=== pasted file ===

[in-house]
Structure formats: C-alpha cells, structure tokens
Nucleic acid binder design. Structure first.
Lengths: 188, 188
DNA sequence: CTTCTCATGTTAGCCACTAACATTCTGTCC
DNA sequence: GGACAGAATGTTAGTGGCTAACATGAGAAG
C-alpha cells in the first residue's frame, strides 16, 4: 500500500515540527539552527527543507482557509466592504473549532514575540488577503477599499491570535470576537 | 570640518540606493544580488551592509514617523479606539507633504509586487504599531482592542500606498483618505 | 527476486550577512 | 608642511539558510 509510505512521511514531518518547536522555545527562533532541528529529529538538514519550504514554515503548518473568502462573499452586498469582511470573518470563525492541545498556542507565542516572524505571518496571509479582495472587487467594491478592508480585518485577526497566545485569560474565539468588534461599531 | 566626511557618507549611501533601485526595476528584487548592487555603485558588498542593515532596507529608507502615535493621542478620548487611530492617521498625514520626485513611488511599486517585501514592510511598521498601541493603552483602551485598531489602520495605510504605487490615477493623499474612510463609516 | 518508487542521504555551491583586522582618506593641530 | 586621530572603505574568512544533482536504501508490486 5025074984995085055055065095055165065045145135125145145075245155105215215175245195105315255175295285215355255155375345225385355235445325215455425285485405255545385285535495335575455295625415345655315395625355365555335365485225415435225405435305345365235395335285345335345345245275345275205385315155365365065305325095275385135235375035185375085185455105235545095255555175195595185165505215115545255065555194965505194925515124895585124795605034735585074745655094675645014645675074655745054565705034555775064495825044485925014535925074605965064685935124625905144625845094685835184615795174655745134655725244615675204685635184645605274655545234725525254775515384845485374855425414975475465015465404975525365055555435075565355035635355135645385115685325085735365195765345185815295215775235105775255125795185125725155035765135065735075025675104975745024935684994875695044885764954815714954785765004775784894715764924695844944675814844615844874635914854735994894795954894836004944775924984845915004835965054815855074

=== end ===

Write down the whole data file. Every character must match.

[in-house]
Structure formats: C-alpha cells, structure tokens
Nucleic acid binder design. Structure first.
Lengths: 188, 188
DNA sequence: CTTCTCATGTTAGCCACTAACATTCTGTCC
DNA sequence: GGACAGAATGTTAGTGGCTAACATGAGAAG
C-alpha cells in the first residue's frame, strides 16, 4: 500500500515540527539552527527543507482557509466592504473549532514575540488577503477599499491570535470576537 | 570640518540606493544580488551592509514617523479606539507633504509586487504599531482592542500606498483618505 | 527476486550577512 | 608642511539558510 509510505512521511514531518518547536522555545527562533532541528529529529538538514519550504514554515503548518473568502462573499452586498469582511470573518470563525492541545498556542507565542516572524505571518496571509479582495472587487467594491478592508480585518485577526497566545485569560474565539468588534461599531 | 566626511557618507549611501533601485526595476528584487548592487555603485558588498542593515532596507529608507502615535493621542478620548487611530492617521498625514520626485513611488511599486517585501514592510511598521498601541493603552483602551485598531489602520495605510504605487490615477493623499474612510463609516 | 518508487542521504555551491583586522582618506593641530 | 586621530572603505574568512544533482536504501508490486 5025074984995085055055065095055165065045145135125145145075245155105215215175245195105315255175295285215355255155375345225385355235445325215455425285485405255545385285535495335575455295625415345655315395625355365555335365485225415435225405435305345365235395335285345335345345245275345275205385315155365365065305325095275385135235375035185375085185455105235545095255555175195595185165505215115545255065555194965505194925515124895585124795605034735585074745655094675645014645675074655745054565705034555775064495825044485925014535925074605965064685935124625905144625845094685835184615795174655745134655725244615675204685635184645605274655545234725525254775515384845485374855425414975475465015465404975525365055555435075565355035635355135645385115685325085735365195765345185815295215775235105775255125795185125725155035765135065735075025675104975745024935684994875695044885764954815714954785765004775784894715764924695844944675814844615844874635914854735994894795954894836004944775924984845915004835965054815855074